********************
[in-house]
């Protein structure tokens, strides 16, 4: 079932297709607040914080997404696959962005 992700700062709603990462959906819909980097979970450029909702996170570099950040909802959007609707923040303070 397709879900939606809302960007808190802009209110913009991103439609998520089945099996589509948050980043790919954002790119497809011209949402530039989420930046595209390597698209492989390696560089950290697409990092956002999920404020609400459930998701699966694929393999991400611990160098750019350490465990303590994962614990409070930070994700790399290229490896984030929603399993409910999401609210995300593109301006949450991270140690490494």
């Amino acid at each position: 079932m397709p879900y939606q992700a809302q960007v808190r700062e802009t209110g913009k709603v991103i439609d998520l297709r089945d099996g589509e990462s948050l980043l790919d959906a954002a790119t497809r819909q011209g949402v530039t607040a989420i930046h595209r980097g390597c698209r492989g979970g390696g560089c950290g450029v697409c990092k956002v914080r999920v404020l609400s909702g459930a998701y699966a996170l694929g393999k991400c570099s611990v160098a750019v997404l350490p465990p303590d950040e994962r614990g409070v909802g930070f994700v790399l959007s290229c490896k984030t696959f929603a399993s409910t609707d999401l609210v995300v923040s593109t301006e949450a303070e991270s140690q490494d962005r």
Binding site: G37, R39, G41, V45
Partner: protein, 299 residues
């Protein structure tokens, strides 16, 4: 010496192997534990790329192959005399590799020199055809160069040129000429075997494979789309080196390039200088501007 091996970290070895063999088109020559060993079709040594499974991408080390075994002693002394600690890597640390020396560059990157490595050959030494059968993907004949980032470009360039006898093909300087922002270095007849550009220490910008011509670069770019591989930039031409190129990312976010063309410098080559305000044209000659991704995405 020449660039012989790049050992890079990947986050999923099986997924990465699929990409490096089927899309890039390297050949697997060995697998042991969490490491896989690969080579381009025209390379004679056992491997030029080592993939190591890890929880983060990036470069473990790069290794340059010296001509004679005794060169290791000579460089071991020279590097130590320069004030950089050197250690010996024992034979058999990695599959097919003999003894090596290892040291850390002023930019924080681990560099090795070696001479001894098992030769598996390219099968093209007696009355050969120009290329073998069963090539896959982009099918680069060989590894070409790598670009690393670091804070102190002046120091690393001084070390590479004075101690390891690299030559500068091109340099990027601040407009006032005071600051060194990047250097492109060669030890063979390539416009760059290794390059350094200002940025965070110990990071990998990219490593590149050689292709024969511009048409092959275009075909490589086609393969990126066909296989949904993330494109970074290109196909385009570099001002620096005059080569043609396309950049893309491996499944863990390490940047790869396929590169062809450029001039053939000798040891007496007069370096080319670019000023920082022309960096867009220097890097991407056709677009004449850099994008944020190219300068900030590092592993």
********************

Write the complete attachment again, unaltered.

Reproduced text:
[in-house]
């Protein structure tokens, strides 16, 4: 079932297709607040914080997404696959962005 992700700062709603990462959906819909980097979970450029909702996170570099950040909802959007609707923040303070 397709879900939606809302960007808190802009209110913009991103439609998520089945099996589509948050980043790919954002790119497809011209949402530039989420930046595209390597698209492989390696560089950290697409990092956002999920404020609400459930998701699966694929393999991400611990160098750019350490465990303590994962614990409070930070994700790399290229490896984030929603399993409910999401609210995300593109301006949450991270140690490494």
């Amino acid at each position: 079932m397709p879900y939606q992700a809302q960007v808190r700062e802009t209110g913009k709603v991103i439609d998520l297709r089945d099996g589509e990462s948050l980043l790919d959906a954002a790119t497809r819909q011209g949402v530039t607040a989420i930046h595209r980097g390597c698209r492989g979970g390696g560089c950290g450029v697409c990092k956002v914080r999920v404020l609400s909702g459930a998701y699966a996170l694929g393999k991400c570099s611990v160098a750019v997404l350490p465990p303590d950040e994962r614990g409070v909802g930070f994700v790399l959007s290229c490896k984030t696959f929603a399993s409910t609707d999401l609210v995300v923040s593109t301006e949450a303070e991270s140690q490494d962005r």
Binding site: G37, R39, G41, V45
Partner: protein, 299 residues
């Protein structure tokens, strides 16, 4: 010496192997534990790329192959005399590799020199055809160069040129000429075997494979789309080196390039200088501007 091996970290070895063999088109020559060993079709040594499974991408080390075994002693002394600690890597640390020396560059990157490595050959030494059968993907004949980032470009360039006898093909300087922002270095007849550009220490910008011509670069770019591989930039031409190129990312976010063309410098080559305000044209000659991704995405 020449660039012989790049050992890079990947986050999923099986997924990465699929990409490096089927899309890039390297050949697997060995697998042991969490490491896989690969080579381009025209390379004679056992491997030029080592993939190591890890929880983060990036470069473990790069290794340059010296001509004679005794060169290791000579460089071991020279590097130590320069004030950089050197250690010996024992034979058999990695599959097919003999003894090596290892040291850390002023930019924080681990560099090795070696001479001894098992030769598996390219099968093209007696009355050969120009290329073998069963090539896959982009099918680069060989590894070409790598670009690393670091804070102190002046120091690393001084070390590479004075101690390891690299030559500068091109340099990027601040407009006032005071600051060194990047250097492109060669030890063979390539416009760059290794390059350094200002940025965070110990990071990998990219490593590149050689292709024969511009048409092959275009075909490589086609393969990126066909296989949904993330494109970074290109196909385009570099001002620096005059080569043609396309950049893309491996499944863990390490940047790869396929590169062809450029001039053939000798040891007496007069370096080319670019000023920082022309960096867009220097890097991407056709677009004449850099994008944020190219300068900030590092592993």